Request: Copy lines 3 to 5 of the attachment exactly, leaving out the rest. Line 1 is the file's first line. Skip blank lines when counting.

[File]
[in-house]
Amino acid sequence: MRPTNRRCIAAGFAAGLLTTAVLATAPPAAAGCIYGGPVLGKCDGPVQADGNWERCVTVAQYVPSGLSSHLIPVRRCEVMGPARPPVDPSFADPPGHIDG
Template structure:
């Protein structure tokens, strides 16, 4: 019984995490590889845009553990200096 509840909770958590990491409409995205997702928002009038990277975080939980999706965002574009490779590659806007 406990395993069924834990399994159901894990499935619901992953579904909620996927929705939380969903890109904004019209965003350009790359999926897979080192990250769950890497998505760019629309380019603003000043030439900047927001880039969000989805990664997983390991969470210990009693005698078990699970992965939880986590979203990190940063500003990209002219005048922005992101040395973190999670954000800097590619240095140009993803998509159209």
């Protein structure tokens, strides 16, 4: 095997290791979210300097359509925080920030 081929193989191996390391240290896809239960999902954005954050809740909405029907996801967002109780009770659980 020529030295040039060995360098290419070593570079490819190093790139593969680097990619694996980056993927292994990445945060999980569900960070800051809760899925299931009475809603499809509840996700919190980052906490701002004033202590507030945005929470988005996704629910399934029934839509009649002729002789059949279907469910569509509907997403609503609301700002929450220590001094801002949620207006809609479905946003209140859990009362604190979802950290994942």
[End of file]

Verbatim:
Template structure:
């Protein structure tokens, strides 16, 4: 019984995490590889845009553990200096 509840909770958590990491409409995205997702928002009038990277975080939980999706965002574009490779590659806007 406990395993069924834990399994159901894990499935619901992953579904909620996927929705939380969903890109904004019209965003350009790359999926897979080192990250769950890497998505760019629309380019603003000043030439900047927001880039969000989805990664997983390991969470210990009693005698078990699970992965939880986590979203990190940063500003990209002219005048922005992101040395973190999670954000800097590619240095140009993803998509159209």
């Protein structure tokens, strides 16, 4: 095997290791979210300097359509925080920030 081929193989191996390391240290896809239960999902954005954050809740909405029907996801967002109780009770659980 020529030295040039060995360098290419070593570079490819190093790139593969680097990619694996980056993927292994990445945060999980569900960070800051809760899925299931009475809603499809509840996700919190980052906490701002004033202590507030945005929470988005996704629910399934029934839509009649002729002789059949279907469910569509509907997403609503609301700002929450220590001094801002949620207006809609479905946003209140859990009362604190979802950290994942």